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Voice, Data, and Video Systems

VoIP Smartphone Apps — Benefits & Drawbacks

VoIP (Voice over Internet Protocol) smartphone apps keep you connected when away from your desk. Fewer people want to, or can be, tethered to their desk phone. They need the ability to take a call wherever they are. VoIP smartphone apps provide that functionality.

Whether you are using a generic smartphone app, such as Zoiper or Counterpoint Bria; a traditional telecom manufacturer app, such as NEC’s ST500 or MLC; or an app provided by your hosted VoIP provider—they almost all provide the same benefits and the same drawbacks.


  1. Connect or go offline

    When the app is active, you are always connected to the office. At the end of the work day, you have the option of going offline.

  2. Charges

    When away from your desk, your phone calls are billed or included in the company long distance dialing plan, and do not eat up the minutes in your cell voice plan.

  3. Business caller ID

    When making a phone call from the smartphone app, the outgoing caller ID can be the main office number or your direct incoming phone number. Hiya’s 2019 State of the Phone Call report found only 24% of unidentified calls are answered. Business caller ID allows you to identify yourself to the people you call and also keeps your personal cell phone number private.

  4. Business continuity

    If you lose power or Internet service at the office, you can carry on work anywhere you have a Wi-Fi or cell data signal.

  5. Work from home is made easy

    In the old days (ten years ago), you may have needed a wired desk phone and perhaps some upgrades to the cabling and network hardware in your home. Now, it’s just a matter of loading the app on your smartphone.


  1. Battery life

    The smartphone app can consume your battery, especially if left to run in the background. The app continuously reaches out to the VoIP server, listening for notifications and updating user presence. This is a drain on the smartphone’s resources.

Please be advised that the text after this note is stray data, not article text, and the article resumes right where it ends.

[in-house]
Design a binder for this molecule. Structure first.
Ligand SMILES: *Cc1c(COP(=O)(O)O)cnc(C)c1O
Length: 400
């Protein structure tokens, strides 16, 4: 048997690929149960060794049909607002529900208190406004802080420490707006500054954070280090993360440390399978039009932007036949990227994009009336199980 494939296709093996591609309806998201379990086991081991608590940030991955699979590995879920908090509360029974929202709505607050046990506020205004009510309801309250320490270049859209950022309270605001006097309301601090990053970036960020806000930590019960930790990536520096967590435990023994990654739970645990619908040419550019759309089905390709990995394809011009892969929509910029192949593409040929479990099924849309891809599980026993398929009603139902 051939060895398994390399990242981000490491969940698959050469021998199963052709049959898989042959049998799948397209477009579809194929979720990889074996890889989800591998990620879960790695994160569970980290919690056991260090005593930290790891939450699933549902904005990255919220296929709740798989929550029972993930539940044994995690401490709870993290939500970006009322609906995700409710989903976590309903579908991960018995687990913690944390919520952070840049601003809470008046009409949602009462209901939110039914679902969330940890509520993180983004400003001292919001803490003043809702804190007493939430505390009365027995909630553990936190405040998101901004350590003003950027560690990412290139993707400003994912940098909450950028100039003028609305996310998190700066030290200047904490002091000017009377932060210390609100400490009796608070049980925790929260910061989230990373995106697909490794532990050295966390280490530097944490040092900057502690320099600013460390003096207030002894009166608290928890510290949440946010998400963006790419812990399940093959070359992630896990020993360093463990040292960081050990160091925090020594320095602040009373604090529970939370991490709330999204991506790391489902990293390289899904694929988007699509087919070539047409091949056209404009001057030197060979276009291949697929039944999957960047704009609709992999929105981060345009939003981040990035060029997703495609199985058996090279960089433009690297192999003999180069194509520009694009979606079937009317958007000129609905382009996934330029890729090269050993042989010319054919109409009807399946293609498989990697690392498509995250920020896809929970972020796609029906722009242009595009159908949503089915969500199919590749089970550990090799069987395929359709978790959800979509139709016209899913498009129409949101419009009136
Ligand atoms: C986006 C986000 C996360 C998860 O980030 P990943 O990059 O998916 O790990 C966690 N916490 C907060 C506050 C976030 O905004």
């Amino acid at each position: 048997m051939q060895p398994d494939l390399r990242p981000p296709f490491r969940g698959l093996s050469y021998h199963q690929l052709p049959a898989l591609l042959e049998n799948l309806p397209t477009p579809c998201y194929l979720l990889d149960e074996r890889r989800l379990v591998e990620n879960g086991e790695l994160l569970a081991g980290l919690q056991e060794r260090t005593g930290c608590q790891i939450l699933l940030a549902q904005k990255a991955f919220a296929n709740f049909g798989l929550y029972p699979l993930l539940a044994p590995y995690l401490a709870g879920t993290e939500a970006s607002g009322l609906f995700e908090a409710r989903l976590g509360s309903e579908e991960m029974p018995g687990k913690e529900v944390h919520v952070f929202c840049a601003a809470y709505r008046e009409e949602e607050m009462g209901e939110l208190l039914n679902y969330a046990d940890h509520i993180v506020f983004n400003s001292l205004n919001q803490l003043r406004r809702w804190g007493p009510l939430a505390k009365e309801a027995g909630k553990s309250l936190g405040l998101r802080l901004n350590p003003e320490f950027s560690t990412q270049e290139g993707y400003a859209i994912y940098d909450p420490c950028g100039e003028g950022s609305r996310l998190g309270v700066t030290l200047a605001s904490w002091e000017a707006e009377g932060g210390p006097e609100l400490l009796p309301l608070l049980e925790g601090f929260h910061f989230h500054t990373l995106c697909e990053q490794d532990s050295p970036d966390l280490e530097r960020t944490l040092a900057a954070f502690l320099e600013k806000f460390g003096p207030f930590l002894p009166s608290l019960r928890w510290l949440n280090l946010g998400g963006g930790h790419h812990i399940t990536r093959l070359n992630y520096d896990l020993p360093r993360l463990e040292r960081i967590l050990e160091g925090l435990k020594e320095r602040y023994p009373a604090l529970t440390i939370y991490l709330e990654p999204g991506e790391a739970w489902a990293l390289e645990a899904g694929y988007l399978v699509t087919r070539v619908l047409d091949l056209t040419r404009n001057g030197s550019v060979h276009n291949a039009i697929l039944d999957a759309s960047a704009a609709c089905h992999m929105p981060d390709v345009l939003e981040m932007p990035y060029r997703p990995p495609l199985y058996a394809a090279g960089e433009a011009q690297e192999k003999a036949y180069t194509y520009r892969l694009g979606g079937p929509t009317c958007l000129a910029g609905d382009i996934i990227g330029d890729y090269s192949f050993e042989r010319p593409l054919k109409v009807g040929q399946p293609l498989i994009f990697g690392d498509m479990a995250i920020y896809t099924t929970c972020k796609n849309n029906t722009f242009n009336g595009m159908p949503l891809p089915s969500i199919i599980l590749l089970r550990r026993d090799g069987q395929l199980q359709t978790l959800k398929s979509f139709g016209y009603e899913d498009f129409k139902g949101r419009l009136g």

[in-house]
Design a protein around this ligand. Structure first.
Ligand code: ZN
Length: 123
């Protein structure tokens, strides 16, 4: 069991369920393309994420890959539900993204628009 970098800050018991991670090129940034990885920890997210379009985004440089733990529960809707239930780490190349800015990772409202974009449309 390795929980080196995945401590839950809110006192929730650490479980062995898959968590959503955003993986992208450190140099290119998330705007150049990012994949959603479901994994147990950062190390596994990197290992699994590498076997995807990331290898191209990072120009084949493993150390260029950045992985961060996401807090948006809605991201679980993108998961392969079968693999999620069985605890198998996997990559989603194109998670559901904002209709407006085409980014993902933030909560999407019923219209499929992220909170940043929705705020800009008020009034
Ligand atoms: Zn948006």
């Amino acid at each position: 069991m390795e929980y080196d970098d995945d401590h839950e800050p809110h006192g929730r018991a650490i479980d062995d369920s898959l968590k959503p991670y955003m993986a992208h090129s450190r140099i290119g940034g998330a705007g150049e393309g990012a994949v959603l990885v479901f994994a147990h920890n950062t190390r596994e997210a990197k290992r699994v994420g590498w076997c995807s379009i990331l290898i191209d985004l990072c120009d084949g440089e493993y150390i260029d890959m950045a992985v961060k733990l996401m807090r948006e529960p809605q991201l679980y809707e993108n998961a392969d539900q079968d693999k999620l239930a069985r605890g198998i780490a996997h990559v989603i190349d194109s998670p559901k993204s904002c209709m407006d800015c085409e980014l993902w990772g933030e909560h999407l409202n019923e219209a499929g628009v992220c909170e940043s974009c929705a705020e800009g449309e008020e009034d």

2. Bandwidth

    The most economical use of the smartphone app is through Wi-Fi. However, not all Wi-Fi networks are equal. When at your office, be sure to connect to the staff network and not the guest network. As with a standard VoIP deployment, Quality of Service settings may be required in the wireless network to prioritize voice over data.

    When on a guest network (airport, Starbucks, etc.), you are on your own. Some calls may be perfect, while other calls may be choppy, echoey, or worse, can drop.

    Using your data plan on the cell carrier’s network, the call quality is even more unpredictable than on a guest network.

  3. Not a switchboard

    Think of a smartphone app as a basic cordless phone. Remember those cordless phones you used to have at your house, before you dropped your landline service? You could make a phone call, answer a call, and hang up. There may have been some features like speed dial or speakerphone, but it was still a basic phone. In most cases, the smartphone app is a basic phone.

    You do gain other features, such as access to your contact list, and some apps allow you to view the status of the extensions in your office.

    Since it is a basic phone, it is not meant to be an answering position for incoming calls. Answering positions must transfer and park calls, manage simultaneous calls, send to voice mail, change the presence settings of other extensions, etc. If the proper and efficient handling of incoming calls is important to your business, calls should not be answered by someone using a smartphone app.

  4. Smartphone OS updates can break the app

    Sometimes manufacturers (especially Apple) push updates that stop the app from working. This cannot be helped or prevented. Should this happen, you may need to update or reinstall the VoIP app.

    It is important to stay current with any OS and app updates, but don’t be surprised by new challenges afterwards.

  5. Not all attached devices will work

    In some apps, we have found that the Bluetooth headset integration works differently than expected. For example, the Android OS does not allow a user to answer an incoming call from their headset, and must instead answer from their phone. This is a limitation of the OS, and not the app.


As with everything else in VoIP services, there are both benefits and drawbacks to adopting some technologies. Before you jump, assess the advantages and disadvantages and don’t forget to ask questions. If you are considering VoIP smartphone apps, the staff at BCS are glad to talk with you.

My name is Bill Mitchell and I am co-owner and service manager of Business Communications Systems, Inc. BCS started in 1991, selling, installing, and servicing telephone systems for businesses in the Central Massachusetts region. We offer both premise-based traditional and IP telephone systems and hosted VoIP solutions.